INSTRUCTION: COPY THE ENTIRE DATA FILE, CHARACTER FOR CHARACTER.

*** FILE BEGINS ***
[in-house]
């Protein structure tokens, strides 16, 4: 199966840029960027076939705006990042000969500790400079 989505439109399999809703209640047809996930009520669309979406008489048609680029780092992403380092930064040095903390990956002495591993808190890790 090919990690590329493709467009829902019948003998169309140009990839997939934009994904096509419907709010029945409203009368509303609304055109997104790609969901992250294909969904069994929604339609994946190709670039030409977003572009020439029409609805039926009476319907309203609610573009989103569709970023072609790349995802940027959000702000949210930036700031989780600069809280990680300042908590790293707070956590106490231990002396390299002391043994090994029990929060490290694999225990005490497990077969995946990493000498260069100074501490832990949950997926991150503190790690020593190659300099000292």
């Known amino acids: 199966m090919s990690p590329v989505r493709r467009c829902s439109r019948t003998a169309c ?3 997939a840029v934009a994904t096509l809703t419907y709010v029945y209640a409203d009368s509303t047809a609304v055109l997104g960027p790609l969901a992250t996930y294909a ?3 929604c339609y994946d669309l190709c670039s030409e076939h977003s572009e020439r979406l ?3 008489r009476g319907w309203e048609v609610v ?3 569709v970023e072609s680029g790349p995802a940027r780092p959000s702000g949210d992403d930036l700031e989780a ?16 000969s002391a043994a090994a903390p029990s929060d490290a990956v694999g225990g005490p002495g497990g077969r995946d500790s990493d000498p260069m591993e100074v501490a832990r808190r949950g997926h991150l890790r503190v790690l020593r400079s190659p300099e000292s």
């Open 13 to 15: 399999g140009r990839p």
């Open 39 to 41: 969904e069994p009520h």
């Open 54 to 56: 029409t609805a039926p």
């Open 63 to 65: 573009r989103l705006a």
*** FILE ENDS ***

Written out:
[in-house]
């Protein structure tokens, strides 16, 4: 199966840029960027076939705006990042000969500790400079 989505439109399999809703209640047809996930009520669309979406008489048609680029780092992403380092930064040095903390990956002495591993808190890790 090919990690590329493709467009829902019948003998169309140009990839997939934009994904096509419907709010029945409203009368509303609304055109997104790609969901992250294909969904069994929604339609994946190709670039030409977003572009020439029409609805039926009476319907309203609610573009989103569709970023072609790349995802940027959000702000949210930036700031989780600069809280990680300042908590790293707070956590106490231990002396390299002391043994090994029990929060490290694999225990005490497990077969995946990493000498260069100074501490832990949950997926991150503190790690020593190659300099000292």
């Known amino acids: 199966m090919s990690p590329v989505r493709r467009c829902s439109r019948t003998a169309c ?3 997939a840029v934009a994904t096509l809703t419907y709010v029945y209640a409203d009368s509303t047809a609304v055109l997104g960027p790609l969901a992250t996930y294909a ?3 929604c339609y994946d669309l190709c670039s030409e076939h977003s572009e020439r979406l ?3 008489r009476g319907w309203e048609v609610v ?3 569709v970023e072609s680029g790349p995802a940027r780092p959000s702000g949210d992403d930036l700031e989780a ?16 000969s002391a043994a090994a903390p029990s929060d490290a990956v694999g225990g005490p002495g497990g077969r995946d500790s990493d000498p260069m591993e100074v501490a832990r808190r949950g997926h991150l890790r503190v790690l020593r400079s190659p300099e000292s």
């Open 13 to 15: 399999g140009r990839p």
């Open 39 to 41: 969904e069994p009520h």
């Open 54 to 56: 029409t609805a039926p």
């Open 63 to 65: 573009r989103l705006a």